Volume 7 Supplement 2
The role of Met, Src and Stat3 in basal-like breast cancer invasion
© Carefoot et al; licensee BioMed Central Ltd. 2013
Published: 4 April 2013
The basal-like subtype of human breast cancers has no clinically defined marker profile. Recent studies have shown that Met as well as certain Src family kinases are over-expressed in basal-like breast cancers and correlate with disease progression and poor prognosis. Our group has also demonstrated a potential regulatory role of Stat3 on Met activation or turnover, adding to the previously identified roles of Stat3.
Materials and methods
We have elected to test the efficacy of inhibitors of Met (PF-02341066), Src family kinases (Dasatinib), and Stat3 (CPA7) in blocking the invasive potential of breast cancer cells, using the human basal-like breast cancer cell line MDA-MB-231 transfected with a constitutively active Src mutant (MDA-Src cells). The efficacy of inhibitors in disrupting the invasive capacity of cells was assessed using transwell invasion assays and colony growth in a 3D Matrigel culture model mimicking basement membrane matrices.
Treatment of MDA-Src cells with Stat3 or Src inhibitors markedly reduced branching extensions, and induced growth arrest and cell death of colonies in a dose-dependent manner. Interestingly, treatment with the Met inhibitor also decreased branching extensions but failed to inhibit cell colony forming ability or proliferation. Furthermore, we have found that induction of morphological responses in 3-D culture occurs at ~15-fold lower concentration of the inhibitors than is necessary to observe decreased expression of drug targets in 2D culture. Transwell assays also showed a decrease in invasion of CPA7 and Dasatinib treated cells. Interestingly, PF2341066 treatment of cells did not affect transwell invasive potential, suggesting that other effectors than Met may be involved.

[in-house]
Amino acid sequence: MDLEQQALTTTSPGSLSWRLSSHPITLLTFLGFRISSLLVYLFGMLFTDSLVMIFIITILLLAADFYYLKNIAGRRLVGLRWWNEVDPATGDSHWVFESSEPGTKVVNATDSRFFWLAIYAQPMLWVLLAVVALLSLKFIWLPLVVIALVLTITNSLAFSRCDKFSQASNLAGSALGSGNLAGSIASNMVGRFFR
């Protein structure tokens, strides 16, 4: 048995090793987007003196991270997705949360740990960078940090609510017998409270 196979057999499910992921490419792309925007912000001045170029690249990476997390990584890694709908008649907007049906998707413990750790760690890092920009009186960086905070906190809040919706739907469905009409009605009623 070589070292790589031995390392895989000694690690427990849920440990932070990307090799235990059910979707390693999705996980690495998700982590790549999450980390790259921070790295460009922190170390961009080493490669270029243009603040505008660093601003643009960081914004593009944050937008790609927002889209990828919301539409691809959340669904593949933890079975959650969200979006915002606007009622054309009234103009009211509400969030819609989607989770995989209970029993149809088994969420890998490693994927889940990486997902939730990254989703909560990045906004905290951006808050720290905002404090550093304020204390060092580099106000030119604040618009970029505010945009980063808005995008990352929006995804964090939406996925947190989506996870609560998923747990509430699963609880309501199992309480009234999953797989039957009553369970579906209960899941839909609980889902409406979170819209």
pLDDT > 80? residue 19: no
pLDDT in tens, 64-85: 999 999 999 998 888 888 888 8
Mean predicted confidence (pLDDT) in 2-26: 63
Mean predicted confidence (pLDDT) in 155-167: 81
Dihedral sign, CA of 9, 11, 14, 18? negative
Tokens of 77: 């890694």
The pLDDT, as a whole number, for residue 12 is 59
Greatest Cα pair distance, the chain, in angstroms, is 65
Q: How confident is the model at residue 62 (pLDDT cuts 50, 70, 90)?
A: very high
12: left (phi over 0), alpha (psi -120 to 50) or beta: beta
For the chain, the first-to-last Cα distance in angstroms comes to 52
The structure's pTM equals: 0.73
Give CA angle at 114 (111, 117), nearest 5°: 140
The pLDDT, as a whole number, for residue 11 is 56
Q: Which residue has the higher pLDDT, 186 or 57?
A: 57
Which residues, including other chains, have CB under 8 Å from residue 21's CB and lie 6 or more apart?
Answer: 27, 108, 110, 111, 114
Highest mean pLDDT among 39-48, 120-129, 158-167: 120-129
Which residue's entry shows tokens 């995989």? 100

Our findings further implicate a rate-limiting role of Src, Stat3 and Met in the process of invasion in human basal-like cells, and may lead to improved predictive biomarkers for targeting of aggressive breast cancer subtypes which exploit this pathway.
Terry Fox Transdisciplinary Studentship in Partnership with CIHR (EC), Ontario Graduate Studentship (EC), Canadian Breast Cancer Foundation (LR), and Canadian Institutes of Health Research (BEE).
This article is published under license to BioMed Central Ltd. This is an Open Access article distributed under the terms of the Creative Commons Attribution License (http://creativecommons.org/licenses/by/2.0), which permits unrestricted use, distribution, and reproduction in any medium, provided the original work is properly cited.